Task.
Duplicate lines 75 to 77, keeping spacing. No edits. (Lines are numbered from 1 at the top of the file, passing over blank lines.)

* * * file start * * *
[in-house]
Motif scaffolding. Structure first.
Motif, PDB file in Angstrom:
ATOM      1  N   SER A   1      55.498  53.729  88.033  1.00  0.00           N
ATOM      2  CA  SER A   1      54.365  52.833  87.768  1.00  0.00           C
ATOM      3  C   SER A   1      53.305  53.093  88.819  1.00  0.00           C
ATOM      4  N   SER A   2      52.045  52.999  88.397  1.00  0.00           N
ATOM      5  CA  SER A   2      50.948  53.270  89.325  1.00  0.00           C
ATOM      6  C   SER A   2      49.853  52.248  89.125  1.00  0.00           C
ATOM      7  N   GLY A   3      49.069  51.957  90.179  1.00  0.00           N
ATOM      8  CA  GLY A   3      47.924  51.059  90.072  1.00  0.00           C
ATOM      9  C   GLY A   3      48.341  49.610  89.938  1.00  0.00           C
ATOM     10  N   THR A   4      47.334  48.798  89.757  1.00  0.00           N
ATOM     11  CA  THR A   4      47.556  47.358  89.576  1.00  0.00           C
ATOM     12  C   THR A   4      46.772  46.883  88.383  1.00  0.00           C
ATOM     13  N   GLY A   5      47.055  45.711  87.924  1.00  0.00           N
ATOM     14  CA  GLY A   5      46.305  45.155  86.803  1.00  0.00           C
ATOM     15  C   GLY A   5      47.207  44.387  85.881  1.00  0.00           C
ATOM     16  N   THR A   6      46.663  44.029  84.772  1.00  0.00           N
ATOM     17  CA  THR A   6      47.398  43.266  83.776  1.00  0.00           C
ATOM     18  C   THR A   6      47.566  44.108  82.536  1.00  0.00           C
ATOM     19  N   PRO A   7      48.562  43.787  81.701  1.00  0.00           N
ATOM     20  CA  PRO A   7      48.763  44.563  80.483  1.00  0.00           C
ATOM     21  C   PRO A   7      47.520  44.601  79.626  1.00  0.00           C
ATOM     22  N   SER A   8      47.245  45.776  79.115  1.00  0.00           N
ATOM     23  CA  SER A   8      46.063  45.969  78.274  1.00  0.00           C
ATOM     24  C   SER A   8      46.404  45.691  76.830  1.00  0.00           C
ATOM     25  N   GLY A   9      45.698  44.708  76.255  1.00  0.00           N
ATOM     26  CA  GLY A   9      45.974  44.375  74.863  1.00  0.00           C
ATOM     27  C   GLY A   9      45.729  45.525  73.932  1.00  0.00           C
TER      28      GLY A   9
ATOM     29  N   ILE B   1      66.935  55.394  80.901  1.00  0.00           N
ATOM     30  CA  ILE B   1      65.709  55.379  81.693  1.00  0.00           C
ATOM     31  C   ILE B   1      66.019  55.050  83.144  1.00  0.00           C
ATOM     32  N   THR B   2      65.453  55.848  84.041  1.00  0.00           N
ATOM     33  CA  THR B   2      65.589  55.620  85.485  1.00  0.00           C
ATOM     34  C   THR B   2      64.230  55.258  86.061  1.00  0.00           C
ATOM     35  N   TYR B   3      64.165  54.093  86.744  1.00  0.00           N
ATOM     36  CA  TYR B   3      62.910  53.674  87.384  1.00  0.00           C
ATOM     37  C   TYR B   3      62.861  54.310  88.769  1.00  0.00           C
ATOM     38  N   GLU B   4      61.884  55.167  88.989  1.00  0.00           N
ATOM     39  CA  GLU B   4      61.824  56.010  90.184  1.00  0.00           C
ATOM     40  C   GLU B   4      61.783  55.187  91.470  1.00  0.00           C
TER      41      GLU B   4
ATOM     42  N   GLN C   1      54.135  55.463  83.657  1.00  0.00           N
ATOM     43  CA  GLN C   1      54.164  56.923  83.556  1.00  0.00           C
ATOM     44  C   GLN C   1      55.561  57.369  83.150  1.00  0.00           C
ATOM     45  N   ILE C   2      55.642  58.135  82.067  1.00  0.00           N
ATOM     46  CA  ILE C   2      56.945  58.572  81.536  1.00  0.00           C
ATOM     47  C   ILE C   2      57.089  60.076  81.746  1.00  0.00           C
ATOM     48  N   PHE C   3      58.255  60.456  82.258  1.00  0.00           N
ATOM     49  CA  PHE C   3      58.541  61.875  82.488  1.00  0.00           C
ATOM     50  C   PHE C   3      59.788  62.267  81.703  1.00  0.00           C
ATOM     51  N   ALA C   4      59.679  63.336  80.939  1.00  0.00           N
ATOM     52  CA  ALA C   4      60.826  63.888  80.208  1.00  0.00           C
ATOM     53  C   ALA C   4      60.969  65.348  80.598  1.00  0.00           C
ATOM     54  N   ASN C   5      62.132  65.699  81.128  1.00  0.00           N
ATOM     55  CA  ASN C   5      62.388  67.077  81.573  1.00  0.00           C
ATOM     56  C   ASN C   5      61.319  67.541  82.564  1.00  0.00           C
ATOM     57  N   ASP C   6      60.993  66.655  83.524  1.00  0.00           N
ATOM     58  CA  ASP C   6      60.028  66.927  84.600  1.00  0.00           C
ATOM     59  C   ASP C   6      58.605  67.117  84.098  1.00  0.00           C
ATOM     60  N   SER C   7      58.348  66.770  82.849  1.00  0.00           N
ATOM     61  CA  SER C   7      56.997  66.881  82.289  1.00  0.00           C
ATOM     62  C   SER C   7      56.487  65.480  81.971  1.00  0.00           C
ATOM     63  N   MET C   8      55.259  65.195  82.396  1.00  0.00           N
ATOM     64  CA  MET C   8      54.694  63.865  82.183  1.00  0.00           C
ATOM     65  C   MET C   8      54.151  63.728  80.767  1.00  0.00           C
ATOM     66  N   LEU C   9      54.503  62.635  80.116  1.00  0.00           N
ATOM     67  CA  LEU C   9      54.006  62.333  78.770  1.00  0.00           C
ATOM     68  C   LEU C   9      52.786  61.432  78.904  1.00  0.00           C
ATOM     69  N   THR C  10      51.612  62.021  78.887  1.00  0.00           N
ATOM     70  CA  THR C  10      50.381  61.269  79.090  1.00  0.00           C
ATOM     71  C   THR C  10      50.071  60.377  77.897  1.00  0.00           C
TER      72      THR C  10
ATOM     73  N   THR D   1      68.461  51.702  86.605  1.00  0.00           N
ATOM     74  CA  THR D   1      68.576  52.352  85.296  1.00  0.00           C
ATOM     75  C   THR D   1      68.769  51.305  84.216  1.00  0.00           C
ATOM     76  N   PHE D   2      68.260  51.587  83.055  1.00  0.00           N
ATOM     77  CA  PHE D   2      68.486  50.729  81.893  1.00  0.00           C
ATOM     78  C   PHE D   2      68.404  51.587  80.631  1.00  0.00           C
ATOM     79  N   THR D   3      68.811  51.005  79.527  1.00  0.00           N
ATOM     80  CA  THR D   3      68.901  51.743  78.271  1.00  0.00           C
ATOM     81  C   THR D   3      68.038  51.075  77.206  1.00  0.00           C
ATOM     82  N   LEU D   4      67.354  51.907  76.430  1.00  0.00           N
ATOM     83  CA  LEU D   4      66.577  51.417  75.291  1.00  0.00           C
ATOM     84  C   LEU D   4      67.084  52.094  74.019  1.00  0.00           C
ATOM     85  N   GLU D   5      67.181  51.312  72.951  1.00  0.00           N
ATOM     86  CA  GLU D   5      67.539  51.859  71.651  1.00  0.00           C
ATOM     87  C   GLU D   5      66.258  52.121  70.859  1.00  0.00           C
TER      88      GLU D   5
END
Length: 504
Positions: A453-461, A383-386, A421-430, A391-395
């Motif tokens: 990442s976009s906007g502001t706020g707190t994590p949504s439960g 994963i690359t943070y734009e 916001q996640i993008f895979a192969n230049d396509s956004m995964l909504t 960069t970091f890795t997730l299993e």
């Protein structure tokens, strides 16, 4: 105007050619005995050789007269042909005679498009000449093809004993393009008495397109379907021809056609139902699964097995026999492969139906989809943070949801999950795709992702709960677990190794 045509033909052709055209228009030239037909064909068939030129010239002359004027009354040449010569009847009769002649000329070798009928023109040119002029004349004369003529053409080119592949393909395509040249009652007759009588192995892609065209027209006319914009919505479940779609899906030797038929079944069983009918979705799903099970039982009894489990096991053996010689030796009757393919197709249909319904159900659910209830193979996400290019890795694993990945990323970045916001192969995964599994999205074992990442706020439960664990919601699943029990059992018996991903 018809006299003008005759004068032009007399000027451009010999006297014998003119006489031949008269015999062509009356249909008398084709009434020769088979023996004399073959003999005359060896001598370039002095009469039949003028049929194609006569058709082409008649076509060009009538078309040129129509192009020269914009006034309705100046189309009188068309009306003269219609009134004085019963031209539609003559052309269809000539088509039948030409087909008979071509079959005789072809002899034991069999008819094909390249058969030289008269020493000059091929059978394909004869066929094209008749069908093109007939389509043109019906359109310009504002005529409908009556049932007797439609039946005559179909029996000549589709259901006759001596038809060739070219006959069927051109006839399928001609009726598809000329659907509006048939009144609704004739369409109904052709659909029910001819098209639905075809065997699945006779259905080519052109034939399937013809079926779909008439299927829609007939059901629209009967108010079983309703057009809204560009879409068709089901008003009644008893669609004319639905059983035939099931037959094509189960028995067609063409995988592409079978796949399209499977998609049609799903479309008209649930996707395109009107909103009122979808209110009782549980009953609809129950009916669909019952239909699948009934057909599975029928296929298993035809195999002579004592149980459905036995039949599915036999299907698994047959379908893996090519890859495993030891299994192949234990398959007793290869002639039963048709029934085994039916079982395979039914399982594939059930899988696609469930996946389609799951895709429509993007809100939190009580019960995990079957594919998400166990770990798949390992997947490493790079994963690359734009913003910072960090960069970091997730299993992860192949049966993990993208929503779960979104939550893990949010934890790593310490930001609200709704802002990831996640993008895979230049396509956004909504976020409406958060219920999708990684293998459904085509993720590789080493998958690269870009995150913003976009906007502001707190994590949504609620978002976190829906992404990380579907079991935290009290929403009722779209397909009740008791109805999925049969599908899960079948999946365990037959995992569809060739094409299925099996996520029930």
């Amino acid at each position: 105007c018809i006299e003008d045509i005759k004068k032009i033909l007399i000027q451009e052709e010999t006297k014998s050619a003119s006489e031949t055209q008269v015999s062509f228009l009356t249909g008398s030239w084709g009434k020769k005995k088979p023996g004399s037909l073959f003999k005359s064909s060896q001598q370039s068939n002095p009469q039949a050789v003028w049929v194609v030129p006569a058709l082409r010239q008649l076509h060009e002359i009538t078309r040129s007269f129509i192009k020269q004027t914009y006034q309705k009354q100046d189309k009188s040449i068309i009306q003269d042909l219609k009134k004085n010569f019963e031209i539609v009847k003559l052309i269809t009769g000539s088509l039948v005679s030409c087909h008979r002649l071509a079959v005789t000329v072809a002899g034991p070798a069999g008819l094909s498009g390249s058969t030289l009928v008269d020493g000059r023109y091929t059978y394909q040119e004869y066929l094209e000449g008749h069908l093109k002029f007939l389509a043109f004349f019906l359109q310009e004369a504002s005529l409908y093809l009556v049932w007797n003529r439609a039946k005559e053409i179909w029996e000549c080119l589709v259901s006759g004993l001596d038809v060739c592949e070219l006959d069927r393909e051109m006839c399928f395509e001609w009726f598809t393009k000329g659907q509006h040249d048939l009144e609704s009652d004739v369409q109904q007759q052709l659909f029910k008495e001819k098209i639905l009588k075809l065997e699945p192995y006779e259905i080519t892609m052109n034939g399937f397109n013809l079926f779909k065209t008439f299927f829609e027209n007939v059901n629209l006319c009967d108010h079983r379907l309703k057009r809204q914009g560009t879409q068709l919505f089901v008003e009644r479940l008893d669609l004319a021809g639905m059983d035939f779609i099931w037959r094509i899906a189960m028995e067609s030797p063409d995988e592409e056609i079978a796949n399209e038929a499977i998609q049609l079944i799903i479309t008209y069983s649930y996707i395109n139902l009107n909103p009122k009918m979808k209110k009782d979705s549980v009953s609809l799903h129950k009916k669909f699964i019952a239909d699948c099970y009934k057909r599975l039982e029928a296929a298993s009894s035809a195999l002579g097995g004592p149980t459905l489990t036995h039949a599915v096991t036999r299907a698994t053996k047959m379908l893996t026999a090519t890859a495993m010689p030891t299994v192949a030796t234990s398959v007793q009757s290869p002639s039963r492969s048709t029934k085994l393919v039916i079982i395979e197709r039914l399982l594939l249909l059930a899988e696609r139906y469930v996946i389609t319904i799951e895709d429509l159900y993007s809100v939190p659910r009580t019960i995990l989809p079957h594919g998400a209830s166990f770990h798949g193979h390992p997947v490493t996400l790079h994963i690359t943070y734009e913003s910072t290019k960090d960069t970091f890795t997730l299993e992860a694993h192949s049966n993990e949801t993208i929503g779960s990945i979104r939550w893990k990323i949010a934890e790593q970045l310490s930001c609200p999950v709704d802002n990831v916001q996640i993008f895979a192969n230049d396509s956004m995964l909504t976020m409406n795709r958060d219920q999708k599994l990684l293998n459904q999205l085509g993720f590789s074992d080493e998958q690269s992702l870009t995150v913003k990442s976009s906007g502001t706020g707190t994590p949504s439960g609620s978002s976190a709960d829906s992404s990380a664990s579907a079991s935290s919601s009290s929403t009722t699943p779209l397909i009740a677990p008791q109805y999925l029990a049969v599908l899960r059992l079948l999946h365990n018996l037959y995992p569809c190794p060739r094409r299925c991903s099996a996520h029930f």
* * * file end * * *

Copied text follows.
TER      72      THR C  10
ATOM     73  N   THR D   1      68.461  51.702  86.605  1.00  0.00           N
ATOM     74  CA  THR D   1      68.576  52.352  85.296  1.00  0.00           C